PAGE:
The goal of the American Indian Family Center is to create an Early Childhood Montessori Language Immersion Program to offer to American Indian Families living in Saint Paul and the east metro area. This grant will recruit and select candidates for each training opportunity (both the Montessori Teacher and Assistant), train the candidates in both models (Montessori and language immersion), and ultimately place the candidates in programs that are committed to offering the model for early learners.
The purpose of this grant is to build on what was created with last year’s grant funding by creating a Dakota Language and culture institute. The purpose of the institute is to offer multilevel teacher training seminars and Dakota language and culture immersion sessions for intergenerational groups.
Dakota Wicohan is a regional non-profit language support organization that seeks to revitalize the Dakota language in Minnesota to a living language. Dakota Wicohan’s long range strategic plan includes building a strong teacher base, recording speakers, developing teaching tools from filming fluent speakers, developing additional learning opportunities, as well as, long term educational plans. Their grant requested money to provide an interactive Dakota language learning camp for a minimum of 40 Dakota youth.
The objective of the grant is to develop a strategy and responsive plan for wide-spread public engagement with the Ojibwe People’s Dictionary during the first year it will be available on-line. Speakers of the Ojibwe language, beyond the group of Ojibwe elders in Minnesota with whom the University now collaborates with, may be encouraged to contact the University once the dictionary is online and wish to participate in the next stage of the dictionary’s development.
The Fond du Lac Tribal College will provide two-day language immersion weekends for students and teachers having intermediate level fluency. They will be offered one weekend each month for eight months from September 2011 through April 2012. The weekends will focus on participatory activities including individual and small group discussions, skits, meal preparation, games, and field trips to seasonal camps. A wing of the college dormitory will also be set aside for language students to speak Ojibwe together and participate in language enrichment programming.
The short term goal of the project is introduce the Ojibwe and Dakota Languages to the residents of Little Earth. Programs will be developed to help feel residents feel welcomed and have a basic understanding of the languages. Learning the language will also bring forth the culture of the American Indian community to the residents of Little Earth.
The goals of this grant include the continued recording and the professional transference of existing elder stories. The purchase of a professional dictation kit will ensure that the continued recordings are of highest quality. Four certificate-eligible interns will who can transition into language instructor position at Nay AH Shing Tribal School and Mille Lacs Early Education will continue their education of the Ojibwe language. These interns will also be developing teaching materials that can be used in the future.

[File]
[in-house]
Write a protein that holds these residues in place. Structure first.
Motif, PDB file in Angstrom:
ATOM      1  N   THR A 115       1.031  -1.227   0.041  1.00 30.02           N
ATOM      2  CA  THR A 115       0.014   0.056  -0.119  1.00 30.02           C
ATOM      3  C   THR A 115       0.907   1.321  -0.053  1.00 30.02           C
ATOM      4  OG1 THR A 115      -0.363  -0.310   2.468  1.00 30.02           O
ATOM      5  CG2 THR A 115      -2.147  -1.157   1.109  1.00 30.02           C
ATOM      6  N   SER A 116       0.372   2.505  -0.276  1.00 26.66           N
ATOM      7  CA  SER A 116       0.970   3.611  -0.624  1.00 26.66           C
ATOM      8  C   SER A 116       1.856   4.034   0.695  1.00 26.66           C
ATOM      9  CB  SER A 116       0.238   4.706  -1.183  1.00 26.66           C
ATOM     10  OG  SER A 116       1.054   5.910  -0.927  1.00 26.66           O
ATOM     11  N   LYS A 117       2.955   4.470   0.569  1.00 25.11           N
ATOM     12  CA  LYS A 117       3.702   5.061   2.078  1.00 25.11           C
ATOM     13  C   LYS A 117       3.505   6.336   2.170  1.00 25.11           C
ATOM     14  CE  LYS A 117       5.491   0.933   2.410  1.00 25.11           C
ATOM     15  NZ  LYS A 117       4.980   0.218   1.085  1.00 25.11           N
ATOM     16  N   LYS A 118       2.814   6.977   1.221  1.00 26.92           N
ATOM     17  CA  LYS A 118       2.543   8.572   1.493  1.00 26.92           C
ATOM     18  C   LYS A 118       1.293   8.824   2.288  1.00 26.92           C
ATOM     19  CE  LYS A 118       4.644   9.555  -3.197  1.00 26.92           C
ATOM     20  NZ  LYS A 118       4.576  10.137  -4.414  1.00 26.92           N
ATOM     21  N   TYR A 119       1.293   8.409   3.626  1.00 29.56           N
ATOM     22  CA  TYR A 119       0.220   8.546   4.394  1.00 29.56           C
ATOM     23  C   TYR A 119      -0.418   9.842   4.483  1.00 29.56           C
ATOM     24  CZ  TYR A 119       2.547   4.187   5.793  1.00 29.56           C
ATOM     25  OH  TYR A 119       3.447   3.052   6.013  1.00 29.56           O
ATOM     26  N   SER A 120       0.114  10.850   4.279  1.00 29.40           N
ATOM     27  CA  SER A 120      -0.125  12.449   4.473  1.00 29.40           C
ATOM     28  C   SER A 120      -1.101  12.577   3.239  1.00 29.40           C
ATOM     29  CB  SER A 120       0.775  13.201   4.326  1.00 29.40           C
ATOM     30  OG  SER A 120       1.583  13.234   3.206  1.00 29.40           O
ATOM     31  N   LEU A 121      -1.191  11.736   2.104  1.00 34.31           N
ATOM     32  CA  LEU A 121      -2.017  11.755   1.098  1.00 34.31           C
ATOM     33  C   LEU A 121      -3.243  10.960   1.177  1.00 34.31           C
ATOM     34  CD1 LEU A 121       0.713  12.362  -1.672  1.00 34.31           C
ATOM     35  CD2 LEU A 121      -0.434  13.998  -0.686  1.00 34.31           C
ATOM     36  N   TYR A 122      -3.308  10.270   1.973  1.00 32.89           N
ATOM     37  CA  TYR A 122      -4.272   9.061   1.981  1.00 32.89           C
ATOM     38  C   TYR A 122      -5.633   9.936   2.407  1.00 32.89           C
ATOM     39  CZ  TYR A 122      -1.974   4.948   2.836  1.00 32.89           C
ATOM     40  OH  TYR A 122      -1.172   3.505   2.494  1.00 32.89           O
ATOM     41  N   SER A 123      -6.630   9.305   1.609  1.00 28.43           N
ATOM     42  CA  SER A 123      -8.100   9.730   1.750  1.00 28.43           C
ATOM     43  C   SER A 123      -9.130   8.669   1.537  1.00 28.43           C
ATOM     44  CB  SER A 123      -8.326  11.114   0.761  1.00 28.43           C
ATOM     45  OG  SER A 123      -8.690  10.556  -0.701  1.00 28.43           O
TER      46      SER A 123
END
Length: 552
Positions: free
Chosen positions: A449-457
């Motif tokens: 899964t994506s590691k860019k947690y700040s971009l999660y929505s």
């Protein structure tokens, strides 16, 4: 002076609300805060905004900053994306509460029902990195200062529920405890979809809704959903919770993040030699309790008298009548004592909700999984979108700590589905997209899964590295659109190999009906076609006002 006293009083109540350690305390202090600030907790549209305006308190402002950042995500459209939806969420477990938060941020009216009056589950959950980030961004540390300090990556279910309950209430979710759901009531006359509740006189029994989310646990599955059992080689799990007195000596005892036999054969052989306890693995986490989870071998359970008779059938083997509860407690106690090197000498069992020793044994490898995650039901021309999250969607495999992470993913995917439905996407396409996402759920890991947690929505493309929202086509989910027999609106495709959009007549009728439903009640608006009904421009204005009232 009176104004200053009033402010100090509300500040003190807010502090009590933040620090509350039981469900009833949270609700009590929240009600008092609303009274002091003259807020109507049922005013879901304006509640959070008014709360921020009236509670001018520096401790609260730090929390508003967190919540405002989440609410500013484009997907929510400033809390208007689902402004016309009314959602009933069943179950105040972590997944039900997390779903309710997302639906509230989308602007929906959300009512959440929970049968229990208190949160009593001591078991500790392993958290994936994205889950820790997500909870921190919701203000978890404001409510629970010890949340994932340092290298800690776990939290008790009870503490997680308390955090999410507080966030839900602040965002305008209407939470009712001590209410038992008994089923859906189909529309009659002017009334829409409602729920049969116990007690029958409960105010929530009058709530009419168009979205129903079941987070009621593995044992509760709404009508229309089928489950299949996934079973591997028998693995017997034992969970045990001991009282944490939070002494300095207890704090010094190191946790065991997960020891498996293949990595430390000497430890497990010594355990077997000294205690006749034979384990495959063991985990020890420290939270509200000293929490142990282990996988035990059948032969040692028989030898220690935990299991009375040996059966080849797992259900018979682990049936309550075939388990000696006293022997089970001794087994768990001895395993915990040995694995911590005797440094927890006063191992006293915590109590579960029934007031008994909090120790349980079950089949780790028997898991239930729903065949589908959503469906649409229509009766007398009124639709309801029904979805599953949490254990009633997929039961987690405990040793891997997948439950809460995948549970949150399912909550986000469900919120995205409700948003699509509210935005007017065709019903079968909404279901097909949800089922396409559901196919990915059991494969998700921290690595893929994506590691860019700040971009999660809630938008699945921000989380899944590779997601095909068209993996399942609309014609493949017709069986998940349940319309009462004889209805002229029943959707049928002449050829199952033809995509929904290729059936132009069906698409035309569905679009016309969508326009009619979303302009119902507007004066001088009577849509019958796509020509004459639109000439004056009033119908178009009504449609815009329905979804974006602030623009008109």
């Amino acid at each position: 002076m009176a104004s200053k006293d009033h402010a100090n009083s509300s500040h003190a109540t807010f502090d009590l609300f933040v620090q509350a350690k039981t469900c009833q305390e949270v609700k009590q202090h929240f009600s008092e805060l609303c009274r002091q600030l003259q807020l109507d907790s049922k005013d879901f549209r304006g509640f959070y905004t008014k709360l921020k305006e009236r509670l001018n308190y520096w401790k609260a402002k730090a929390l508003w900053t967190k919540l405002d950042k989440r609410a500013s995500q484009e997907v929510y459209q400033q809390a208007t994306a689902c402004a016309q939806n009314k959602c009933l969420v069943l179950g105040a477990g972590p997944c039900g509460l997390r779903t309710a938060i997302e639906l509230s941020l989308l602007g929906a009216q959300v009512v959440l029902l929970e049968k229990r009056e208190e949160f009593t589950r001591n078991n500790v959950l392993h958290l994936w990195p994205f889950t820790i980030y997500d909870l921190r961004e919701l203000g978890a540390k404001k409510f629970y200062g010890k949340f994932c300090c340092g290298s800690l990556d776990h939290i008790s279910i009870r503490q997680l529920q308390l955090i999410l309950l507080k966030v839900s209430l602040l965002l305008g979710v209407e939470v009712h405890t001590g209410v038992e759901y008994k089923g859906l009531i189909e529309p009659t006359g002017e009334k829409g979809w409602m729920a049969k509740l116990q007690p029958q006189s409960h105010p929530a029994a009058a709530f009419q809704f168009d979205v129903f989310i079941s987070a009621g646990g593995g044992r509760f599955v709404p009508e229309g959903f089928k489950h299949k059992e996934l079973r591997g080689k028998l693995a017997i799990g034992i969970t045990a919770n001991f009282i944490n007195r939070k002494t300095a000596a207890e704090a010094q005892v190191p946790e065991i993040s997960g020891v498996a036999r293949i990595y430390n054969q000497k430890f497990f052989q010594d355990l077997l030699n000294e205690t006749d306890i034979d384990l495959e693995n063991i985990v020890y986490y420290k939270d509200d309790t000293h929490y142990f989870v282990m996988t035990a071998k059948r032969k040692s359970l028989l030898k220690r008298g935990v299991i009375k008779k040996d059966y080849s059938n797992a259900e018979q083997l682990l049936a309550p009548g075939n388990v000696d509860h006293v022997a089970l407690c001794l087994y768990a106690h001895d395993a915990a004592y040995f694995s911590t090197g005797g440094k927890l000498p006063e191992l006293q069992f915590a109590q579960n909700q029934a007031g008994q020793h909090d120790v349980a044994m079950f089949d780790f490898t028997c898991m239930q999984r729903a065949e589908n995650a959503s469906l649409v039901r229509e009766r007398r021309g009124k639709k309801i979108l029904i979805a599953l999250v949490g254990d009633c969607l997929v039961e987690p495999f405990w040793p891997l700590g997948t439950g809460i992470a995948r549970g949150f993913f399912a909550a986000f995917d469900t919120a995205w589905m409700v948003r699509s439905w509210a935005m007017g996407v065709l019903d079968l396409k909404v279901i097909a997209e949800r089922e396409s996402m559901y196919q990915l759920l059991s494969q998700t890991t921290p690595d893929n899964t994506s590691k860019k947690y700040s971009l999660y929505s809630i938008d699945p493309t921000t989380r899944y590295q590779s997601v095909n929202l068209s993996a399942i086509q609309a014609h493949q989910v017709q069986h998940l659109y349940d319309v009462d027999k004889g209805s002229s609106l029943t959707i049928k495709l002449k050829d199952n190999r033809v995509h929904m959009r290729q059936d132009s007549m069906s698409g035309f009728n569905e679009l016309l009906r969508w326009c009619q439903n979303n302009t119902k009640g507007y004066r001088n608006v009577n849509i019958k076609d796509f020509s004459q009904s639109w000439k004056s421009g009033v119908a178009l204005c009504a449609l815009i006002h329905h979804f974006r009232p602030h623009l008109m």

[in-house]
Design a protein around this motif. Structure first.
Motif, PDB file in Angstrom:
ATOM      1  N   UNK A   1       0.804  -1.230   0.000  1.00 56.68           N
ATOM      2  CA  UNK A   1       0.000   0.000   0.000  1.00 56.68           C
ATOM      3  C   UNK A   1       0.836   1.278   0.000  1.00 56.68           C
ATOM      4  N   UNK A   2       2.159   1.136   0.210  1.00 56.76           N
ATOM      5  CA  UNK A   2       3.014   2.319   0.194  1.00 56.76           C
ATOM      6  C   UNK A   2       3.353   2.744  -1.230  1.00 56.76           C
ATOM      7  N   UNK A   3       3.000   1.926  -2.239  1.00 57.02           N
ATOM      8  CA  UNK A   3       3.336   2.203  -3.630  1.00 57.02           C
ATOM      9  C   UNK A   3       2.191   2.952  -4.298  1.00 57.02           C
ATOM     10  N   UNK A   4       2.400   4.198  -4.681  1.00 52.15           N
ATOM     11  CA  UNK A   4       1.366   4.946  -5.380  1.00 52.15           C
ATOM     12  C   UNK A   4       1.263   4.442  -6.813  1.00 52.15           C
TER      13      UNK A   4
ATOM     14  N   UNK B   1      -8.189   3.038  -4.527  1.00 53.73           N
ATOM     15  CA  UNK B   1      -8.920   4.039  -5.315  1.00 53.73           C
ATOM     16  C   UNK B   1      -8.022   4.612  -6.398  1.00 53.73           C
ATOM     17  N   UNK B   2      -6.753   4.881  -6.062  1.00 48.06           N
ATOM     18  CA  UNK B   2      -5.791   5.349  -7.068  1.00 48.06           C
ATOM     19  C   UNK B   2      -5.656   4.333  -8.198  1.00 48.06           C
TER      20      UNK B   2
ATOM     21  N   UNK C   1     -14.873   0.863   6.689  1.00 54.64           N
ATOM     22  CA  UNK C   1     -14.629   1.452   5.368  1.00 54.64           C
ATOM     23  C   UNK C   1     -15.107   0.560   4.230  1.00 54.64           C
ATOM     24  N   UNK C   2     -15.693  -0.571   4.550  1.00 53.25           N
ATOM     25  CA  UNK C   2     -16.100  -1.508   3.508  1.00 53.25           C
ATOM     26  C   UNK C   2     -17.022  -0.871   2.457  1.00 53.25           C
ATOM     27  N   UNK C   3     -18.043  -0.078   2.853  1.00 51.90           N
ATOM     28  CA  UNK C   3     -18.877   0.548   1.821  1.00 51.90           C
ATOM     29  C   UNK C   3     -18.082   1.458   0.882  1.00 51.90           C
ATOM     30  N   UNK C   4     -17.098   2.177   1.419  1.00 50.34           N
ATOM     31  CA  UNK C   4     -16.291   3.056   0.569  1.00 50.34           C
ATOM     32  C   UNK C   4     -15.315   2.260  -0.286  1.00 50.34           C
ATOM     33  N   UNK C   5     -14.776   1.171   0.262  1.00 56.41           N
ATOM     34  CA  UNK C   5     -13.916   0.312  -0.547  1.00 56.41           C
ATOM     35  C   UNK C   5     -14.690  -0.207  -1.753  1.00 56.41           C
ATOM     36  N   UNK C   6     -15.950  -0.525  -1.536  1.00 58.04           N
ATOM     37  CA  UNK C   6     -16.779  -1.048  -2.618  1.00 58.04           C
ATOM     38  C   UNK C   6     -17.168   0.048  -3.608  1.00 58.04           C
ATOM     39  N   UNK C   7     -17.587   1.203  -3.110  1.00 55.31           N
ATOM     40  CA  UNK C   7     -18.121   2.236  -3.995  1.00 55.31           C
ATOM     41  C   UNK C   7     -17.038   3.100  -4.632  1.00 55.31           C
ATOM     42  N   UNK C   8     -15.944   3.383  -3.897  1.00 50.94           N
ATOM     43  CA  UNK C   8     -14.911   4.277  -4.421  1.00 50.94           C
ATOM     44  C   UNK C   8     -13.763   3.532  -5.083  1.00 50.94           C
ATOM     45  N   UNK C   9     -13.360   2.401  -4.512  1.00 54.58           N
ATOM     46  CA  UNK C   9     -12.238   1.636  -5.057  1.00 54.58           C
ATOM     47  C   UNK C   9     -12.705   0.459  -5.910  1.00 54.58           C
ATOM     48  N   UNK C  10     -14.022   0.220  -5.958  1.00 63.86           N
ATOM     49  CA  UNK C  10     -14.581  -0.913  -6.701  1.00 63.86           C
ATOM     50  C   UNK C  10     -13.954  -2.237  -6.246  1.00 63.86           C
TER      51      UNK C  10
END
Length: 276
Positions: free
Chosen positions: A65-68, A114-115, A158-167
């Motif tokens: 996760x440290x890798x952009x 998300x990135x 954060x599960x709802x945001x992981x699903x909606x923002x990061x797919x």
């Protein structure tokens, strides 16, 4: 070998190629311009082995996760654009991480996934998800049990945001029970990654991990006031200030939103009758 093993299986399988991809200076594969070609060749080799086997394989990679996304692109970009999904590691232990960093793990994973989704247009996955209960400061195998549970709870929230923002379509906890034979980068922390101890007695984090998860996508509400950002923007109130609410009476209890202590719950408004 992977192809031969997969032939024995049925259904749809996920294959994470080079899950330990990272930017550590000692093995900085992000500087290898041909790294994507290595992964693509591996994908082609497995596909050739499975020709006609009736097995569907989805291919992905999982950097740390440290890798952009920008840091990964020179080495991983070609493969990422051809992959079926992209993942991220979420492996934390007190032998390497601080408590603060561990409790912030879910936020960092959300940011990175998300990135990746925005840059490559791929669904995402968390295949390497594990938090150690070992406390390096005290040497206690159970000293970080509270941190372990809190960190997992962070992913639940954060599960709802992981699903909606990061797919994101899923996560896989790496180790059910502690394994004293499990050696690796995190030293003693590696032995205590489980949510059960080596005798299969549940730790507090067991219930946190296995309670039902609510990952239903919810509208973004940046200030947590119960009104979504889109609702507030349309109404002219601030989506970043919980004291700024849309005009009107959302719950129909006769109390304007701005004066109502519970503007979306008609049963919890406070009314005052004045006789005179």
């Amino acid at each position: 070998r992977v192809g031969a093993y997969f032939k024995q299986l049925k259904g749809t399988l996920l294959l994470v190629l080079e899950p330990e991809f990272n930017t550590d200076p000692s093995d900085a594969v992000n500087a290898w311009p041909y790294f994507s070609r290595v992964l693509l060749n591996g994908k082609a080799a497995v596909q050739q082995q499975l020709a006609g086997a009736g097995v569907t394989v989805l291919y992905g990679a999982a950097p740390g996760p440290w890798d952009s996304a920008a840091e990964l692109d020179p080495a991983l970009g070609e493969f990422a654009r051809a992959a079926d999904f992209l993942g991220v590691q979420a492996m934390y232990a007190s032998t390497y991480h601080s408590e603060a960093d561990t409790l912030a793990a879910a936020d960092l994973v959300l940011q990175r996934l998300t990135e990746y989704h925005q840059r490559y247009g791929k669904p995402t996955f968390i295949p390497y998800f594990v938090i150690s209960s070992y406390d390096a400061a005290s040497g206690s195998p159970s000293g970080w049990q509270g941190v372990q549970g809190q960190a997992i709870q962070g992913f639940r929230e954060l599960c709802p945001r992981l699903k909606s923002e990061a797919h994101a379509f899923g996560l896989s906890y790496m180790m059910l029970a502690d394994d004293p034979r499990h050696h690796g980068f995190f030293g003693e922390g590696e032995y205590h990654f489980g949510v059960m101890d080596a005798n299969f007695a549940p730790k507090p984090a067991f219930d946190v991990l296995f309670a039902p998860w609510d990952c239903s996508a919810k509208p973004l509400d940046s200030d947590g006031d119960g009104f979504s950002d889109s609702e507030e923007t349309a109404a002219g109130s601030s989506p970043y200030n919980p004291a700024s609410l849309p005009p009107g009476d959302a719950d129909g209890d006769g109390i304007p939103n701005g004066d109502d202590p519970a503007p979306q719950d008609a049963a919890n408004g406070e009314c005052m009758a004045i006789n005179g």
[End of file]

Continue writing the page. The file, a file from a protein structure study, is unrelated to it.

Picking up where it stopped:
Money was appropriated to the two Immersion Schools to develop and expand K-12 curriculum; provide fluent speakers in the classroom; develop appropriate testing and evaluation procedures; and develop community-based training and engagement.
A collaboration between the Bois Forte Band of Chippewa and the White Earth Nation. The long term goal of this grant is to build whole families of first generation speakers. The short-term goals are to enable the partners to continue forward with their language revitalization efforts by providing digital media support, purchase digital high definition audio and video equipment. Additionally, they will host an elders and youth gathering.
The short term goals are to create a constant and regular forum of Ojibwe language discourse between speakers. To record historical stories, anecdotes, and traditional lessons during appropriate times and in appropriate places, and to make documentation of local dialect forms.
The primary project of the Bagidinise Project is to add wood to the fire of learning and revitalization of the Ojibwe language sparked by the Ishkodeke Project. Short term goals are to continue to create high school level curriculum for two more Ojibwe language classes, Ojibwe III and IV, to expand the Ojibwe I offering by an additional section.
Wicoie Nandagikendan Early Childhood Urban Immersion Project provides a 3-hour-a-day preschool language immersion experience. It builds on the integral connections between culture, literacy, and educational attainment. The project partners with existing programs to provide fluent speakers and language curriculum.